A new startup in the Bahamas hopes to farm coral from land up to 50 times faster than in a natural ocean environment.
Coral Vita’s new land-based coral farm is the first of its kind and aims to speed up the process of coral restoration—as climate change increases the frequency and severity of coral bleaching events. Currently, most coral farming is done hyper-locally and in the ocean.
“The traditional grant-funded, small-scale model, while it’s doing amazing work around the world in localized settings, isn’t scalable for the threat of 90% of reefs dead by 2050,” Coral Vita co-founder Sam Teicher told Fast Company.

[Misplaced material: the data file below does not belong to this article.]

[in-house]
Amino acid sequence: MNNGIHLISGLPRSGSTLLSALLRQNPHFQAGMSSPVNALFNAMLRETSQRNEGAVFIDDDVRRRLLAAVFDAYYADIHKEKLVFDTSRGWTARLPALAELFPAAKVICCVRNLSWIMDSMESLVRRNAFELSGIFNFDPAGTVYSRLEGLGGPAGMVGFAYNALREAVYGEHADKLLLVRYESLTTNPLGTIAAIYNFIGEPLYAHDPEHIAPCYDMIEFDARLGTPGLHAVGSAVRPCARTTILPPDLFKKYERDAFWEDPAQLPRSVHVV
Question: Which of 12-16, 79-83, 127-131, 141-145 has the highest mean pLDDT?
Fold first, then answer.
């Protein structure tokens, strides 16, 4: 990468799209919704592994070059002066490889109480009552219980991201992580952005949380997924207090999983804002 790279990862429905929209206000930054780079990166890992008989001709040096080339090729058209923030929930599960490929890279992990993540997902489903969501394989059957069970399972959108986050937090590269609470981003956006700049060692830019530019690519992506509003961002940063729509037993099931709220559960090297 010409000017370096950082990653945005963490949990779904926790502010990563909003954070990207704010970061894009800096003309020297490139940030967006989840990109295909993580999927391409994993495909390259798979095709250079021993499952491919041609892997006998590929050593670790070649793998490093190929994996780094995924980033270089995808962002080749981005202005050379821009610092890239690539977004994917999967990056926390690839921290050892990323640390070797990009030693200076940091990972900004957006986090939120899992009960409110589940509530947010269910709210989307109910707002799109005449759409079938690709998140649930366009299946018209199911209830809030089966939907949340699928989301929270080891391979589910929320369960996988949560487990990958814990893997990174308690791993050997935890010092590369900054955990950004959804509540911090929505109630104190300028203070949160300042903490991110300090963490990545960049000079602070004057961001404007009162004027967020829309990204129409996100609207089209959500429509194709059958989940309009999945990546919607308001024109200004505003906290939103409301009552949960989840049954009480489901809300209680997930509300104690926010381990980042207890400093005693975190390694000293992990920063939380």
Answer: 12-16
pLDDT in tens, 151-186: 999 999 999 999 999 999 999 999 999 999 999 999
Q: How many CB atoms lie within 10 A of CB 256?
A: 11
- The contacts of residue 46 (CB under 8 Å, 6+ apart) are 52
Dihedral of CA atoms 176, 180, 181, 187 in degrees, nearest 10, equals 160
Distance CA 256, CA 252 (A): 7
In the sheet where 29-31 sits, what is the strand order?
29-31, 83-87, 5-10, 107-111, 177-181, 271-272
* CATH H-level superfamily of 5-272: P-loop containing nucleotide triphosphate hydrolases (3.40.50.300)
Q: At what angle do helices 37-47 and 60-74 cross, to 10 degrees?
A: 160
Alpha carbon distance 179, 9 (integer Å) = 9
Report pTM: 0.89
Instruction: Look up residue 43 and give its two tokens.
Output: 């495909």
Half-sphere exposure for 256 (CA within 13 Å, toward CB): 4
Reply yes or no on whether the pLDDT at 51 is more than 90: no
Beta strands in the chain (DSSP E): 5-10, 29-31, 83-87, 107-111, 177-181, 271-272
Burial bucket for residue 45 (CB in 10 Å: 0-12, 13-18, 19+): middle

The new process uses micro-fragmenting to split corals into tiny pieces and speed up growth. As well, the scientists are able to manipulate the evolutionary process of the coral to make it more resistant to warming oceans.
“Within our tanks, we can crank up the heat and crank up the acidity levels to mimic what ocean projections are supposed to be here in the Bahamas in 2050 or 2100,” says the other Coral Vita co-founder, Gator Halpern.
Read more about this fascinating project in this article published in Fast Company.
Fantasea FG7X II
Ikelite Housing for Nikon D500
I-DiveSite Venom 35s
Plan Your Adventure >